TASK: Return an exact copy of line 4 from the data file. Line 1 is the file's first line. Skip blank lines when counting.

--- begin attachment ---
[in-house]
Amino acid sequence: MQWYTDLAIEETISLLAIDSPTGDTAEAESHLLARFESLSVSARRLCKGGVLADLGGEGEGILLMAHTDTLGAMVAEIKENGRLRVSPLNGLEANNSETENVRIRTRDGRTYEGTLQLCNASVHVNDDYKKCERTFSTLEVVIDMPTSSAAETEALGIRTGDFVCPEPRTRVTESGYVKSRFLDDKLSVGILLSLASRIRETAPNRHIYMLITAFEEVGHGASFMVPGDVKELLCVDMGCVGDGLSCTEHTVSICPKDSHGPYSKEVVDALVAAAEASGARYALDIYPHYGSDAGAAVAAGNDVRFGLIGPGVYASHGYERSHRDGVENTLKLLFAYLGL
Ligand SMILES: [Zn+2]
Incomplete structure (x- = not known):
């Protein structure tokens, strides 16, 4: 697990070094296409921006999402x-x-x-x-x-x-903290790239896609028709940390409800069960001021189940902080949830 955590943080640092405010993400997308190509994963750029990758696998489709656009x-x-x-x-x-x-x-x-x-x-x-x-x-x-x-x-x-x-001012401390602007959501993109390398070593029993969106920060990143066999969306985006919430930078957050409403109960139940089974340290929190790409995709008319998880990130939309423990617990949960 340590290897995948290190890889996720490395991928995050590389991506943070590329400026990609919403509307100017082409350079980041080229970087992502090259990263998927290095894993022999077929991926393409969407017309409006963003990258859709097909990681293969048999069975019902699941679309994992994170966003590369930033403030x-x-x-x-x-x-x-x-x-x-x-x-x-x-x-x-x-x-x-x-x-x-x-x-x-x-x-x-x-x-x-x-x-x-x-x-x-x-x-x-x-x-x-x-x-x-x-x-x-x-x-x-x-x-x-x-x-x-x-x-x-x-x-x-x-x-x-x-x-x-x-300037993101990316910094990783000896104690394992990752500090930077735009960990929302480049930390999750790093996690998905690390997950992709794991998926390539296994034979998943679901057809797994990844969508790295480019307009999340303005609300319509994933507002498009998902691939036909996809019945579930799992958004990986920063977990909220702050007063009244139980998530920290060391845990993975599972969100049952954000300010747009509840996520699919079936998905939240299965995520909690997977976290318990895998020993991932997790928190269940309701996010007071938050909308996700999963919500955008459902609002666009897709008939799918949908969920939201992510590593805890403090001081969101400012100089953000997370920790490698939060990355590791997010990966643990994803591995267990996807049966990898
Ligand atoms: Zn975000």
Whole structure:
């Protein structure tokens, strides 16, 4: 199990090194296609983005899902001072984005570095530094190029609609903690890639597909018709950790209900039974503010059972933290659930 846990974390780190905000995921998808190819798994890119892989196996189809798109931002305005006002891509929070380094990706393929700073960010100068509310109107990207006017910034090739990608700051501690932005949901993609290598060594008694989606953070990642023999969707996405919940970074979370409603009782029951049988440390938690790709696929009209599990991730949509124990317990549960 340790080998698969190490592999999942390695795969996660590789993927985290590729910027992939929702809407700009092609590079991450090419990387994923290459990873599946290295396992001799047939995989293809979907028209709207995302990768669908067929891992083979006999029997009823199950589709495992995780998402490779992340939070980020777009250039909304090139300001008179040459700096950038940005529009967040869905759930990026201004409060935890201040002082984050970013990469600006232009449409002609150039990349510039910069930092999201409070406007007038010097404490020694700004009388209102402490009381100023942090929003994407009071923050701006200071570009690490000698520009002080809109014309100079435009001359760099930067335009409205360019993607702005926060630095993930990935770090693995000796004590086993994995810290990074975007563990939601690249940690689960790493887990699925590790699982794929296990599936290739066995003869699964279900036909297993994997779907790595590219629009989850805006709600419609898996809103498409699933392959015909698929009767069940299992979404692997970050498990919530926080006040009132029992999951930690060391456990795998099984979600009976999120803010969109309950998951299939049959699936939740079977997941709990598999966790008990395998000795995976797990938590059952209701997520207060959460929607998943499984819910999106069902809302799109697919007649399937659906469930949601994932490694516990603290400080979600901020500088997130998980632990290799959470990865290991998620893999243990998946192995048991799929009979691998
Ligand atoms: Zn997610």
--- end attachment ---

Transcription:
Incomplete structure (x- = not known):